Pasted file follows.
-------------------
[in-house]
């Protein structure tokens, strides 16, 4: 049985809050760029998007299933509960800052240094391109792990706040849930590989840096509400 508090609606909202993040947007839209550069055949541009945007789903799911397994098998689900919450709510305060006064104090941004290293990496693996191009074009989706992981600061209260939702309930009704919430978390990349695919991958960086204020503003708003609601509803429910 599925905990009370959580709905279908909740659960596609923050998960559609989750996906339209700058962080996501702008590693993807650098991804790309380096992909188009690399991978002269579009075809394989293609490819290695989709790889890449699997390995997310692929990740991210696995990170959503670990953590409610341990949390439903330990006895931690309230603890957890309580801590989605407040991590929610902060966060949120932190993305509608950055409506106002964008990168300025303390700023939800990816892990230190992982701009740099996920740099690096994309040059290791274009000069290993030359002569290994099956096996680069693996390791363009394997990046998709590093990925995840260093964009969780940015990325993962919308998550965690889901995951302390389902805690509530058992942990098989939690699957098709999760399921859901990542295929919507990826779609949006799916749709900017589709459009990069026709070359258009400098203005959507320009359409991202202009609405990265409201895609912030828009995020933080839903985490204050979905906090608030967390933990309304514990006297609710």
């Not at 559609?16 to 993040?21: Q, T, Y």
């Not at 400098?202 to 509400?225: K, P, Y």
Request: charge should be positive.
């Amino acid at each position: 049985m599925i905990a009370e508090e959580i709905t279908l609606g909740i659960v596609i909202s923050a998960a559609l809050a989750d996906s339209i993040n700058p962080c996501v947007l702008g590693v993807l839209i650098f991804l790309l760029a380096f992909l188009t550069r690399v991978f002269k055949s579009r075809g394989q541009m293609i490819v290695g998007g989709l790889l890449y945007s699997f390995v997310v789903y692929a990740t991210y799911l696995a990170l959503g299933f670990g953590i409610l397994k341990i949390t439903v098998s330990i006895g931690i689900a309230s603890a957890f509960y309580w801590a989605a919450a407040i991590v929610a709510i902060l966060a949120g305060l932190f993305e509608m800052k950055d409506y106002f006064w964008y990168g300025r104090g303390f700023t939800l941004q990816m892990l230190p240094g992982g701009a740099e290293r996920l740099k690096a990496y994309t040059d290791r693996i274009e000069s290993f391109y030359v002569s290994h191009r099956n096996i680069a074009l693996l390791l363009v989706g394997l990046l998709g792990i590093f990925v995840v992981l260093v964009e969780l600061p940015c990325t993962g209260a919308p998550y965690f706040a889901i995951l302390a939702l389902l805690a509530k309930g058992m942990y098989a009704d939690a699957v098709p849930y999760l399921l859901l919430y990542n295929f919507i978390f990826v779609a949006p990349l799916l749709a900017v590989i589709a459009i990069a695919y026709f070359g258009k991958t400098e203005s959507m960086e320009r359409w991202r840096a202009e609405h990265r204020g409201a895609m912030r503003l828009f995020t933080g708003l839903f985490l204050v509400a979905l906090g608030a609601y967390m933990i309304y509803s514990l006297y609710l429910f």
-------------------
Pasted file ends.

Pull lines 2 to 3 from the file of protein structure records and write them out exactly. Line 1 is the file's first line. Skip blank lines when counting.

């Protein structure tokens, strides 16, 4: 049985809050760029998007299933509960800052240094391109792990706040849930590989840096509400 508090609606909202993040947007839209550069055949541009945007789903799911397994098998689900919450709510305060006064104090941004290293990496693996191009074009989706992981600061209260939702309930009704919430978390990349695919991958960086204020503003708003609601509803429910 599925905990009370959580709905279908909740659960596609923050998960559609989750996906339209700058962080996501702008590693993807650098991804790309380096992909188009690399991978002269579009075809394989293609490819290695989709790889890449699997390995997310692929990740991210696995990170959503670990953590409610341990949390439903330990006895931690309230603890957890309580801590989605407040991590929610902060966060949120932190993305509608950055409506106002964008990168300025303390700023939800990816892990230190992982701009740099996920740099690096994309040059290791274009000069290993030359002569290994099956096996680069693996390791363009394997990046998709590093990925995840260093964009969780940015990325993962919308998550965690889901995951302390389902805690509530058992942990098989939690699957098709999760399921859901990542295929919507990826779609949006799916749709900017589709459009990069026709070359258009400098203005959507320009359409991202202009609405990265409201895609912030828009995020933080839903985490204050979905906090608030967390933990309304514990006297609710």
């Not at 559609?16 to 993040?21: Q, T, Y």